Girls and women are significantly under-represented in STEM courses and professions. In Australia, 84 per cent of those with STEM qualifications are male (Office of the Chief Scientist, 2016) and women make up only 19% of those enrolled in IT degrees (Zagami, 2016). In the USA, women hold less than 25 percent of STEM jobs (Beede et al., 2011) and make up 18% of those with a computer science degree (Vu, 2017). By age 14, girls are far less likely than boys to aspire to STEM-related careers (Archer, 2013). In lights of these statistics, it is worth asking – Can IVR be used to get girls interested in technology subjects and careers?

From phase 1 of the VR School project, we make the following observations:

  1. Girls were much less likely to have tried IVR than boys In our sample (22 female, 32 male), girls were almost 3 times as likely to have had NO experience of IVR compared to boys prior to the study. Boys were 3 times more like than girls to have tried IVR at least once or twice.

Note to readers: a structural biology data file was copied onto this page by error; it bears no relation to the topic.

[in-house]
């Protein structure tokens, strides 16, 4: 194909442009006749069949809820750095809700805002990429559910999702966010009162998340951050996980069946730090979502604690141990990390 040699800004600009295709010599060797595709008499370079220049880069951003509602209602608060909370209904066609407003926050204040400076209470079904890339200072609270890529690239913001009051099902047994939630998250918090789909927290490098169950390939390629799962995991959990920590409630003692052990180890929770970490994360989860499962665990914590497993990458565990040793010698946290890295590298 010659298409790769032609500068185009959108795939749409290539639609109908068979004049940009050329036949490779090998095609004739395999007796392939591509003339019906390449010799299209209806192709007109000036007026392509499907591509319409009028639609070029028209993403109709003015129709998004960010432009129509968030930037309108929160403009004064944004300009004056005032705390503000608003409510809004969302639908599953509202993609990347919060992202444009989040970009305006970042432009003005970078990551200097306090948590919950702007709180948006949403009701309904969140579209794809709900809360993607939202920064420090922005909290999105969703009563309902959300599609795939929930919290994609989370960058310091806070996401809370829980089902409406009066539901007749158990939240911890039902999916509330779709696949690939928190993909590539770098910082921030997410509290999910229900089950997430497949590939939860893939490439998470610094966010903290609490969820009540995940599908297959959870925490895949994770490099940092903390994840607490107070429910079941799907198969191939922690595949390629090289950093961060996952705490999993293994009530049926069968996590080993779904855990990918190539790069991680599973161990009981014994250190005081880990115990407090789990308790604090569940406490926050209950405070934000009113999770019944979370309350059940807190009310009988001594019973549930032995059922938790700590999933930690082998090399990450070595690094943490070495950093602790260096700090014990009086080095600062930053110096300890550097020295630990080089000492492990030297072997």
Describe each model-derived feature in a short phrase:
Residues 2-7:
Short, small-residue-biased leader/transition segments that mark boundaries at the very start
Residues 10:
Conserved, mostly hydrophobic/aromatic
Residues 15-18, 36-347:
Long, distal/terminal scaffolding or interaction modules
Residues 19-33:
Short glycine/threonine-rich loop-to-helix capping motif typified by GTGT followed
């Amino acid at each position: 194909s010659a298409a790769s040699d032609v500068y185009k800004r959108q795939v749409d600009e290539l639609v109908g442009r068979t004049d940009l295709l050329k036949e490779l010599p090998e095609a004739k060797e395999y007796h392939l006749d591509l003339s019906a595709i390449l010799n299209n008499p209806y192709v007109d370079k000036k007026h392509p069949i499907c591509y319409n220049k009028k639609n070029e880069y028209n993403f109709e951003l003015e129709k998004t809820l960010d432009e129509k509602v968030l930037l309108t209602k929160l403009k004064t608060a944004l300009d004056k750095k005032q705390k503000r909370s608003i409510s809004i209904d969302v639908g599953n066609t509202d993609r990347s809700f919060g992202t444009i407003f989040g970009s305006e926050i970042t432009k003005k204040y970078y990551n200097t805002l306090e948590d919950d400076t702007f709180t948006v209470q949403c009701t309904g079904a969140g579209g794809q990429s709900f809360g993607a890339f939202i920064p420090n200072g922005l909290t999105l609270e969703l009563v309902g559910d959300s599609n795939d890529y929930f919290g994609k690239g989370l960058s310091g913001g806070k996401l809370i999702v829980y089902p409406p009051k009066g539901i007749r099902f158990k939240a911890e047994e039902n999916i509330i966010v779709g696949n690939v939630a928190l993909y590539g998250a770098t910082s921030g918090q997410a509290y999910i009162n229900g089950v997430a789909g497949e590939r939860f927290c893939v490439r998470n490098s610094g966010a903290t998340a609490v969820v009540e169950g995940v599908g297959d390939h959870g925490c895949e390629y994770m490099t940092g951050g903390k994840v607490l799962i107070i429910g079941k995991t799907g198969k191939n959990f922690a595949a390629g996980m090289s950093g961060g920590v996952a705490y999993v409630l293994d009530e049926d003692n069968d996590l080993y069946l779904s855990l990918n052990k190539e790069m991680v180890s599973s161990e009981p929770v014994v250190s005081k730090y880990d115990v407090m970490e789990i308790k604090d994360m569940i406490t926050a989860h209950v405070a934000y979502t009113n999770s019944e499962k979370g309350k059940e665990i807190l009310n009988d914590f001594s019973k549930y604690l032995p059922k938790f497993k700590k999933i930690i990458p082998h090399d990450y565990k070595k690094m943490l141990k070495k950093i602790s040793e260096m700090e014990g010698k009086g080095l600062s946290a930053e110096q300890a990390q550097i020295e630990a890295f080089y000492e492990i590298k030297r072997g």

2. A minority of girls were very reluctant to try IVRFour of the twenty two girls explicitly expressed a reluctance to try IVR, some saying it was ‘embarrassing’ to wear a head mounted display (HMD) and/or because they were worried that their classmates were looking at them. These girls requested that the door to the VR room  be closed. While we could not shut the door, we did convince the girls to use the equipment which were mainly away from the view of the class. Gender theory can offer some insight into these girl’s behaviour. Constructions of emphasised femininity require girls and women to comply with certain notions of attractiveness, and, let’s face it, HMDs are not especially beautiful. Girls and women are socialised to be aware of who is looking at them, often so they can remain safe. HMDs block this awareness, making girls feel self-conscious and, perhaps, vulnerable.